I've got twenty payments left, of sixty and I can't get rid of the sucker. Reliable, but it's also the most underpowered pickup I've ever owned. It can't even get ITSELF up a hill, much less me and a pickup bed full of goats and hay. Trailering is out of the question. *sigh*

    Leva

     
  7. BeeFree

    BeeFree Well-Known Member Supporter

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    Older trucks do hold their value. I sold my 85 Chevy Blazer in 95 for $3500. This past year the lady traded it and the place she traded it at told me the lowest they would take was $3500.

    We bought a new Silverado in 99 and six months after buying it they lowered the prices on new trucks. This year we could have bought a new one for less than what we gave in 99. I guess they brought down the price because they weren't selling enough.
     
  8. reluctantpatriot

    reluctantpatriot I am good without god.

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    The local Ford dealer in Versailles, Missouri, nine miles north of where I live still has a few 2000 through 2003 model NEW vehicles on his lot to add to the 2004 models. When I drive by his dealership it is almost pitiful to see how bulging his lot is, mostly of the overpriced luxury trimed models of the Expedition and F-Series trucks. If they were the standard or work trimmed models, they might sell more.

    If I could get my old 1963 GMC 1-ton fixed up, and perhaps get a 4x4 chassis to merge with the 4x2 that I have now, I would be happy. My Jimmy has a 305 V-6 (produced from 1960-1963 only for the 1-ton model) and a 4 speed on the floor with granny first gear. If it were a 4x4 it would be a real stump puller. I would love to make one good homestead truck out of it. I don't really want to restore it to showroom condition, rather make it into a homesteader workhorse.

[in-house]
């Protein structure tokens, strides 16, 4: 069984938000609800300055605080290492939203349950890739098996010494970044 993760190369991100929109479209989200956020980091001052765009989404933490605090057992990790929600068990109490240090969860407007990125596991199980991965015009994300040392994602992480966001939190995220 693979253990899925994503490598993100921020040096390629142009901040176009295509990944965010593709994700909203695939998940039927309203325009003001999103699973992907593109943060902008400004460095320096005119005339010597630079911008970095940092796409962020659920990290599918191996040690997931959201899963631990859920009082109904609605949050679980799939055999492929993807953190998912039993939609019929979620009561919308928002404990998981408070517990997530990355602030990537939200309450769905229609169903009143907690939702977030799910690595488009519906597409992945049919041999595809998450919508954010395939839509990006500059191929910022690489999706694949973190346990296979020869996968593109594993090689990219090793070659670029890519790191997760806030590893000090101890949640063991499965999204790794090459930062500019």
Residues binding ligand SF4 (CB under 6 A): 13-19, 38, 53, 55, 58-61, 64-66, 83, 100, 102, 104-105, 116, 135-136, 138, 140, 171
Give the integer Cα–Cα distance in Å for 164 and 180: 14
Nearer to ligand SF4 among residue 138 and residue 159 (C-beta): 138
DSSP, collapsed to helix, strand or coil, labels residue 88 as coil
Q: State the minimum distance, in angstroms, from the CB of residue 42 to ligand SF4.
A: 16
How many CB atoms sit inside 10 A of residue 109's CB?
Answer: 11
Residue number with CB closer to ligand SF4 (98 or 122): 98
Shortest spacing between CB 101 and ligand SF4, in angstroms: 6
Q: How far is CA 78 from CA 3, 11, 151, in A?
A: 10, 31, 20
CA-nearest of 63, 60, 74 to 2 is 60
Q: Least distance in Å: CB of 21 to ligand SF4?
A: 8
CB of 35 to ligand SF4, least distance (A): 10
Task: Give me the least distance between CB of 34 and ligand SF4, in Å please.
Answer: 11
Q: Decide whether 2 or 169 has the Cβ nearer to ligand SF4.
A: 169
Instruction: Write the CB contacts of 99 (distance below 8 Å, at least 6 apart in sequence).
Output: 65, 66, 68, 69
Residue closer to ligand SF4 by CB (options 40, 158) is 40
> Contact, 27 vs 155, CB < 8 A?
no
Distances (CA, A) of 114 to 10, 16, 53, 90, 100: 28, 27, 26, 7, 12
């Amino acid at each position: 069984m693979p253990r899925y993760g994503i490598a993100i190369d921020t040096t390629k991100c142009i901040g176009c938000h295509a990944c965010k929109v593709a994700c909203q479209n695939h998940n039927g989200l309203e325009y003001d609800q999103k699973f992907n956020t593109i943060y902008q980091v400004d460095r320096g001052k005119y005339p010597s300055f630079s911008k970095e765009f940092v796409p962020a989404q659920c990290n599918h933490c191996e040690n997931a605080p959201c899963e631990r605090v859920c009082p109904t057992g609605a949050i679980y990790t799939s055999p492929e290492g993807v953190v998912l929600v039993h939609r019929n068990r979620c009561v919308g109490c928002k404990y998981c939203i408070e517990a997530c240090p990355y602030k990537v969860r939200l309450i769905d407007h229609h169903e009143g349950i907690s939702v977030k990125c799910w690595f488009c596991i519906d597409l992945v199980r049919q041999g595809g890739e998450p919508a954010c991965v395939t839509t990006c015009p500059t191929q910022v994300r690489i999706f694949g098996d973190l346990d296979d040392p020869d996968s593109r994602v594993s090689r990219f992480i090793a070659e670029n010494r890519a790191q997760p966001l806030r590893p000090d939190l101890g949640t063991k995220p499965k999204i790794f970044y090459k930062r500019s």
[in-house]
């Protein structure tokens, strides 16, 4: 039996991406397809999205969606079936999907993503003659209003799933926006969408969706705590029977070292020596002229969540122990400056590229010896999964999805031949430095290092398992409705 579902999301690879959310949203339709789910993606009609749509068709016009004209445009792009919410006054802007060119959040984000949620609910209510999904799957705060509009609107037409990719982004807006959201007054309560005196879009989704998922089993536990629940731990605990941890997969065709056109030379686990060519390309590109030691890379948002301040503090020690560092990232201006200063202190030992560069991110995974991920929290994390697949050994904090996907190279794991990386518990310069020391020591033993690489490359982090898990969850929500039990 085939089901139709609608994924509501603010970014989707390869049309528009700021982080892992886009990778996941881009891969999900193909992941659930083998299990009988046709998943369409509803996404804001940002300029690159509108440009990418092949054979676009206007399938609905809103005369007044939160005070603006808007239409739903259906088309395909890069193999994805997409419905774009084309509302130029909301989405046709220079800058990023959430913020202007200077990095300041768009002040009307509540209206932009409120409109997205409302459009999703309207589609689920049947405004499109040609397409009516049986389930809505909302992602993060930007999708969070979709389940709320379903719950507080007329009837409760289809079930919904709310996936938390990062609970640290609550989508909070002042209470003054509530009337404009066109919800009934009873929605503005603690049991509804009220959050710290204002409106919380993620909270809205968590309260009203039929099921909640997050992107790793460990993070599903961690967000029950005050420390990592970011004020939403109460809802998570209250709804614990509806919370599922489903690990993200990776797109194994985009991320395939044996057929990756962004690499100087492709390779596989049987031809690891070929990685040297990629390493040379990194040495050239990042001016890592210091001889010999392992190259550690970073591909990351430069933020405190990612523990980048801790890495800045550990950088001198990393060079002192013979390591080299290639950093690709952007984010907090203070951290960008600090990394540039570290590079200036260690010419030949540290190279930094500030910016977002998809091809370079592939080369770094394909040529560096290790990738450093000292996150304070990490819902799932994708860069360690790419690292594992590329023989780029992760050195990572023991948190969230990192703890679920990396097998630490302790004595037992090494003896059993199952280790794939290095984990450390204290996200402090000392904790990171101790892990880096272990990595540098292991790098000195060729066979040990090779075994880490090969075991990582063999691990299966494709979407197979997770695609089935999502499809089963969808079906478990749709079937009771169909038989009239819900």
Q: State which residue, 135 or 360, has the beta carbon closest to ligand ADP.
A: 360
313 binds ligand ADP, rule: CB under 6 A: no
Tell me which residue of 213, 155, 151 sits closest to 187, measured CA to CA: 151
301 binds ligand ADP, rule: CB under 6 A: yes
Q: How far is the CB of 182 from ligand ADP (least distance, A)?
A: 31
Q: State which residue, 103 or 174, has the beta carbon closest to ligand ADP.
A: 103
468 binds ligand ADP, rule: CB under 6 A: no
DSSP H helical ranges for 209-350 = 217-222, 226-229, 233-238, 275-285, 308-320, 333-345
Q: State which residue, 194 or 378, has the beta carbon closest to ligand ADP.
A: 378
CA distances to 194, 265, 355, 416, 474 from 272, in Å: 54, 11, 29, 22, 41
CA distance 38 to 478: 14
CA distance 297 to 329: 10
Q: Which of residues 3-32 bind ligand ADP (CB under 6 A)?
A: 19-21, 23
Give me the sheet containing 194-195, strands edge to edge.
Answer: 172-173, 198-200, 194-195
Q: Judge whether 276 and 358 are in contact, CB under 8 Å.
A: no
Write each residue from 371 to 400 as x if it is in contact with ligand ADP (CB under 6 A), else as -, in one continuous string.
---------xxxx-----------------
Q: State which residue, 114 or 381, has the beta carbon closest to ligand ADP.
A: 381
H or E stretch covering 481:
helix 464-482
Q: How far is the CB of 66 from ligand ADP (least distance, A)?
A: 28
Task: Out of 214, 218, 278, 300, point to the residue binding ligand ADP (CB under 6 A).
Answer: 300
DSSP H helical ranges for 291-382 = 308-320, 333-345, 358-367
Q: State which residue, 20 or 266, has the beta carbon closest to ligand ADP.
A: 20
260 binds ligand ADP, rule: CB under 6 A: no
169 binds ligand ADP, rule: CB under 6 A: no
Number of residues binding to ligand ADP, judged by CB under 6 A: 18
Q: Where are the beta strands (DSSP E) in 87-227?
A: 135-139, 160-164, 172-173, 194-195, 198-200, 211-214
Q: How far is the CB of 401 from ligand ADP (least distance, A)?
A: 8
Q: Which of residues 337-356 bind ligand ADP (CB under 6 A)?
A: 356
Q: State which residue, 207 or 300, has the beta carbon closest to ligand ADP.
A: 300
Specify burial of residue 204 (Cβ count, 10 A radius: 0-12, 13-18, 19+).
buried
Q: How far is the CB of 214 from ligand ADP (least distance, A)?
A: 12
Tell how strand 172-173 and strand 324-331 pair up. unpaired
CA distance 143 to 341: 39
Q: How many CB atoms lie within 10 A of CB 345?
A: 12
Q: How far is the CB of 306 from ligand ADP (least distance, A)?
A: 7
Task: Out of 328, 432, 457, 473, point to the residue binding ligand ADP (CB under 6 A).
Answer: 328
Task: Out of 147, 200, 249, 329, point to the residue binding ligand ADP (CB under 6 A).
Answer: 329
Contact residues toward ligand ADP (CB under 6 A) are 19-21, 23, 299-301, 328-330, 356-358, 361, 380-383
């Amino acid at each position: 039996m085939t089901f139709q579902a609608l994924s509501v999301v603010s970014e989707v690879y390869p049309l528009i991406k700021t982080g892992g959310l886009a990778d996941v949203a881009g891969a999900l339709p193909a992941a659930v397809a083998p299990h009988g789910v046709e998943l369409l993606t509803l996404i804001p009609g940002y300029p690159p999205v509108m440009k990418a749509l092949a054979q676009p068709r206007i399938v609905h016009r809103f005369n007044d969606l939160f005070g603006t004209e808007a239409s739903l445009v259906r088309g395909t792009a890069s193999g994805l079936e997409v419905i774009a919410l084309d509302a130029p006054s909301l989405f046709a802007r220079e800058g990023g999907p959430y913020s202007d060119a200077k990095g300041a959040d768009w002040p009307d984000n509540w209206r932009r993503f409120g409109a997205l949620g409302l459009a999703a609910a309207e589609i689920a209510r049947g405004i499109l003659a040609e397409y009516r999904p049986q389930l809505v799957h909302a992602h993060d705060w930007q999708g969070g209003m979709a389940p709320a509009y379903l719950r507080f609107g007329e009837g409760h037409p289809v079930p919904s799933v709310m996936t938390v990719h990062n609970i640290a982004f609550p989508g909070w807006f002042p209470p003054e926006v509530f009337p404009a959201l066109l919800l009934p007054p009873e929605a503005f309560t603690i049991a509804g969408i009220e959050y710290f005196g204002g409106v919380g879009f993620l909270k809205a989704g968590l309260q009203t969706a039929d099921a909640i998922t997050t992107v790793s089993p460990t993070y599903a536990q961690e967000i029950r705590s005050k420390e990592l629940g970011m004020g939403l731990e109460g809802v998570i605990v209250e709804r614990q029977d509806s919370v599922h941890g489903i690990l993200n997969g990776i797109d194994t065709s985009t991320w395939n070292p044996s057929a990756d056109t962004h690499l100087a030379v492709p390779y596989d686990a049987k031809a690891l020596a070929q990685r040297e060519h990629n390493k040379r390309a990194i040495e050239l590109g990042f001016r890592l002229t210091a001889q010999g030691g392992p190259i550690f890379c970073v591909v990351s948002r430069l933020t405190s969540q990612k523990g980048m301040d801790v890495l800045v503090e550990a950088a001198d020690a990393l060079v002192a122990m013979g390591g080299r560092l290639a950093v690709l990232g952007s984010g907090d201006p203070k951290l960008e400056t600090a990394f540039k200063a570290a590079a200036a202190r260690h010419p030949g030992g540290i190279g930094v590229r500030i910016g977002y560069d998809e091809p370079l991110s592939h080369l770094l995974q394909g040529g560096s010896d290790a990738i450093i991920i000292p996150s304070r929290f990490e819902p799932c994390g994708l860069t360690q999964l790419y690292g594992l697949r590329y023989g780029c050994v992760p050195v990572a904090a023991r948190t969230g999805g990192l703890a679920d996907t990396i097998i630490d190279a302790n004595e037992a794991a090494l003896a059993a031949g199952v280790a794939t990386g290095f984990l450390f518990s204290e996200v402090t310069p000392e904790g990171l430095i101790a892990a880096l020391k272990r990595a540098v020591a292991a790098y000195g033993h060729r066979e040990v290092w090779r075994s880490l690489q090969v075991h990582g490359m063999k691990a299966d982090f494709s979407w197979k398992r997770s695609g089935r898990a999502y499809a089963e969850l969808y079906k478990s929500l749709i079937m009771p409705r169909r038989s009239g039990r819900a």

I have a hard time seeing a current model pickup or SUV being durable enough to use in the boonies. They seem too full of delicate electronics and fiberglass to survive the abuse. That, and they can't be worked on easily without a computer.

    But I do agree, those trucks hold their value. :D
     
  9. Most newer trucks will hold more of their value than most newer cars... but you'll still lose a wack of cash in the first five years of any new vehicle. For example, a new $30,000 pickup vs a new $30,000 car. If the pickup is worth $17,000 after three years, and the car worth $12,000... then the truck held more of its initial purchase price. Either way though, you've lost money.

    With anything worth under $5,000, the value is pretty much whatever someone will pay you for it. Is it worth 5k, 3k, 4k... nobody knows.

    When it comes to trucks, my favourites are those which are as new as possible without having all the computer control. When was that... maybe mid to late 80's? I like the Fords with inline 6 300ci... because I save on insurance rates.

    If you can find an older truck which has not been abused... even if you have to spend a few thousand to repair it... you'll be ahead of the game.

    cheers,
     
  10. HermitJohn

    HermitJohn Well-Known Member

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    I dont know about one tons, but that 305 V6 was offered in half and threequarter GMC only (chevies offered 261 or 292 straight six)from early '60s thru mid 70's anyway. Monster things that had huge main/rod bearings and just wouldnt die. They also sucked gas like crazy (I think due to inefficient head design). There were larger versions of this engine offered in medium duty trucks. 403 seems to stick in my brain, but I really dont remember. Something real exotic although I never saw one up close, but heard there were even big trucks with two of these engines hooked together to make a V12.